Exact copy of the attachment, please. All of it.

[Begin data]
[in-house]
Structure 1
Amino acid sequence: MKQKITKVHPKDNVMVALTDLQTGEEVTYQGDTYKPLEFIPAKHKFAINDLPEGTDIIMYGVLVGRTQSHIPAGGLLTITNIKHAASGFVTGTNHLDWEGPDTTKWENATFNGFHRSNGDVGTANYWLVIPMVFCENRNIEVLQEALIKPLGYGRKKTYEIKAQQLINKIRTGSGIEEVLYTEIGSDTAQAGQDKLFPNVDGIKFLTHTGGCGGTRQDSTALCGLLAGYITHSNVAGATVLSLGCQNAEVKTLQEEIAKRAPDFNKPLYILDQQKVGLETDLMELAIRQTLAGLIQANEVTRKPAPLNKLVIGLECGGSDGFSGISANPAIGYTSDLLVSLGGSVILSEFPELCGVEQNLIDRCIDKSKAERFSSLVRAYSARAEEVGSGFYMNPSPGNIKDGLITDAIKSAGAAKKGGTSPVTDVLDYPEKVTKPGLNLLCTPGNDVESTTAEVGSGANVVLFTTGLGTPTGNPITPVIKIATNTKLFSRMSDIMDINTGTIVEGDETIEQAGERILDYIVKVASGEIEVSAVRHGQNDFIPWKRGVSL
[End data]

[in-house]
Structure 1
Amino acid sequence: MKQKITKVHPKDNVMVALTDLQTGEEVTYQGDTYKPLEFIPAKHKFAINDLPEGTDIIMYGVLVGRTQSHIPAGGLLTITNIKHAASGFVTGTNHLDWEGPDTTKWENATFNGFHRSNGDVGTANYWLVIPMVFCENRNIEVLQEALIKPLGYGRKKTYEIKAQQLINKIRTGSGIEEVLYTEIGSDTAQAGQDKLFPNVDGIKFLTHTGGCGGTRQDSTALCGLLAGYITHSNVAGATVLSLGCQNAEVKTLQEEIAKRAPDFNKPLYILDQQKVGLETDLMELAIRQTLAGLIQANEVTRKPAPLNKLVIGLECGGSDGFSGISANPAIGYTSDLLVSLGGSVILSEFPELCGVEQNLIDRCIDKSKAERFSSLVRAYSARAEEVGSGFYMNPSPGNIKDGLITDAIKSAGAAKKGGTSPVTDVLDYPEKVTKPGLNLLCTPGNDVESTTAEVGSGANVVLFTTGLGTPTGNPITPVIKIATNTKLFSRMSDIMDINTGTIVEGDETIEQAGERILDYIVKVASGEIEVSAVRHGQNDFIPWKRGVSL